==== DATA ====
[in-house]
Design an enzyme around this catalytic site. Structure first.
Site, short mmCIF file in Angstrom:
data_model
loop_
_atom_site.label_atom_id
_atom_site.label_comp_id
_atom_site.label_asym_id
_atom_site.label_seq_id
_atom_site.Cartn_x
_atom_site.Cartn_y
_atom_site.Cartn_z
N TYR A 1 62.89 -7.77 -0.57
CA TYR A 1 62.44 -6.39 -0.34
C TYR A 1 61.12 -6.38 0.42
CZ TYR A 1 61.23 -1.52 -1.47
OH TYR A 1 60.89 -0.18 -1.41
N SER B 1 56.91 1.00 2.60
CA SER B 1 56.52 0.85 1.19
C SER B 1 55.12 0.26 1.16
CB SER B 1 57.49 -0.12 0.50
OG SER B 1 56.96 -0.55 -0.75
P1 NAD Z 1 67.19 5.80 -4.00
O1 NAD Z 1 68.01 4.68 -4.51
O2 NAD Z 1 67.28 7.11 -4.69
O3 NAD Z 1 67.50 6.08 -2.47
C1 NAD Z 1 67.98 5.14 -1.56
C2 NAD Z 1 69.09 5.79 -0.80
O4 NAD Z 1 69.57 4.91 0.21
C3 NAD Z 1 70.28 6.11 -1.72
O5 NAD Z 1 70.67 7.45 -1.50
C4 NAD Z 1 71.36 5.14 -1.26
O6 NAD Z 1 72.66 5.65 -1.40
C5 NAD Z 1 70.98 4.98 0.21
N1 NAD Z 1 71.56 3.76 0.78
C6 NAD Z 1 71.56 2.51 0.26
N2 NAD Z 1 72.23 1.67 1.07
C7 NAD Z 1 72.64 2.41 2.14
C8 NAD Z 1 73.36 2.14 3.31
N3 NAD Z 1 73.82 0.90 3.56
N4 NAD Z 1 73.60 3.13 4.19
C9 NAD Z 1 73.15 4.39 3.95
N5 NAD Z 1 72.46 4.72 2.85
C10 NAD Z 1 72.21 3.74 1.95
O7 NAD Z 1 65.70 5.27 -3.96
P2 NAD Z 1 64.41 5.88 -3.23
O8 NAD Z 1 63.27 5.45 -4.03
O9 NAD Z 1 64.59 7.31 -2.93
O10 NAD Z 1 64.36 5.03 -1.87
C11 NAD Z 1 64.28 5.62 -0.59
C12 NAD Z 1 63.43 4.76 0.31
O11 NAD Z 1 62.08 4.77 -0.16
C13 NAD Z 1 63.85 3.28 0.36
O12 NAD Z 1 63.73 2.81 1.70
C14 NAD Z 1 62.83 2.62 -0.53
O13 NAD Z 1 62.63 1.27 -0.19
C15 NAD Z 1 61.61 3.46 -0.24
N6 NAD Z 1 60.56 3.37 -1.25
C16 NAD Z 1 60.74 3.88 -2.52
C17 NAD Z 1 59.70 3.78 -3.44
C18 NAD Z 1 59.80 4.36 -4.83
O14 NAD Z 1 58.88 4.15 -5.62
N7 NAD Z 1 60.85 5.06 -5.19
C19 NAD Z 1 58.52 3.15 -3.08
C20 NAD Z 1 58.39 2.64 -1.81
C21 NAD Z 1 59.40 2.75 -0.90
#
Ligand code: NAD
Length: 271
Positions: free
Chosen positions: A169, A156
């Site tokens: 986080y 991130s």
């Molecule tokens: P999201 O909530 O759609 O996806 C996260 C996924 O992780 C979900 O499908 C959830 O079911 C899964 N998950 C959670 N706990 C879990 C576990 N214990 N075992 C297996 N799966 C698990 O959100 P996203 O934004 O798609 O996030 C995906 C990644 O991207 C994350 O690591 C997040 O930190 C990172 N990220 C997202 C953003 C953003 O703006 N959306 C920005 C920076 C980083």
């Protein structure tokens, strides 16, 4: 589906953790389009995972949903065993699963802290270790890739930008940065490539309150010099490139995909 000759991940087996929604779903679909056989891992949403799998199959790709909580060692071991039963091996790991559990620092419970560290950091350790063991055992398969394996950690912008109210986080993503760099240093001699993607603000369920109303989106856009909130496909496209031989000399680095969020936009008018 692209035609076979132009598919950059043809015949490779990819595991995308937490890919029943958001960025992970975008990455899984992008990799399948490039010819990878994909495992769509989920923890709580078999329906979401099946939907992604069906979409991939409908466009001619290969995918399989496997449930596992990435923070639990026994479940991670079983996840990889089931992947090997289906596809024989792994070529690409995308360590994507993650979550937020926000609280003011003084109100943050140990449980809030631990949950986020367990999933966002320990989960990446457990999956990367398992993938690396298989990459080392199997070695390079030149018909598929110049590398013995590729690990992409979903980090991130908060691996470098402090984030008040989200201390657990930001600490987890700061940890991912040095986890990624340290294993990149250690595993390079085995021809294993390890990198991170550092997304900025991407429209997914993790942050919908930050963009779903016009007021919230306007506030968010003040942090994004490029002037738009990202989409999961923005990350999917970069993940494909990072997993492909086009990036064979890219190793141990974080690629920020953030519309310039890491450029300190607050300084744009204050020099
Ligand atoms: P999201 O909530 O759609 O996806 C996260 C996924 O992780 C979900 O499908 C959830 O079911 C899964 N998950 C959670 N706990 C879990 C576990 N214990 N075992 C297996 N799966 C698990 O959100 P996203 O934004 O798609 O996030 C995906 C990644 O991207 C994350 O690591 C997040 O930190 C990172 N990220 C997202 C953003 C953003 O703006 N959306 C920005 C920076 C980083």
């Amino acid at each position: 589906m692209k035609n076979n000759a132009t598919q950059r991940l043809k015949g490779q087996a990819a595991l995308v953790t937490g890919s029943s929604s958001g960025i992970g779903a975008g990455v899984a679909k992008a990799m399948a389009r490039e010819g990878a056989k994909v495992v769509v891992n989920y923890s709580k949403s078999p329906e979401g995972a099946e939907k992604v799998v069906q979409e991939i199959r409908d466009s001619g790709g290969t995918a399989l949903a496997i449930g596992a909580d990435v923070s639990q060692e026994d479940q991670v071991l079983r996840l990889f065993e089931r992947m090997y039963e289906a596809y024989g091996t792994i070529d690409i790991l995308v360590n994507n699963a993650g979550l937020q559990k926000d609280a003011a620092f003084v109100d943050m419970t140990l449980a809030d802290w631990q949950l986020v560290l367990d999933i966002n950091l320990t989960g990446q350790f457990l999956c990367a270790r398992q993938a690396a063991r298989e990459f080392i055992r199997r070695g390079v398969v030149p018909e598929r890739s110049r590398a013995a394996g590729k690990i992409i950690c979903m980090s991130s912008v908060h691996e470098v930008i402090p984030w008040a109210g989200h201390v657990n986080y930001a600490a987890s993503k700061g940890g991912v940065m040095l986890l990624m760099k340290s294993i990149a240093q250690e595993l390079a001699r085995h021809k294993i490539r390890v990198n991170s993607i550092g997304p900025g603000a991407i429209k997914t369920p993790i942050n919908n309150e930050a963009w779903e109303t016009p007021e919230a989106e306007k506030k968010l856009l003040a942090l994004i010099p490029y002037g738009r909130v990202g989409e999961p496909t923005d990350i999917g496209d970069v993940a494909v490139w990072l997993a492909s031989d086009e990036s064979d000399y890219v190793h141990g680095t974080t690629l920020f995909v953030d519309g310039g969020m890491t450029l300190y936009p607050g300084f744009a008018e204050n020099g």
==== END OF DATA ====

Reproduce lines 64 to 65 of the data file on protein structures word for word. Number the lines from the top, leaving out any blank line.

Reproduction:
C19 NAD Z 1 58.52 3.15 -3.08
C20 NAD Z 1 58.39 2.64 -1.81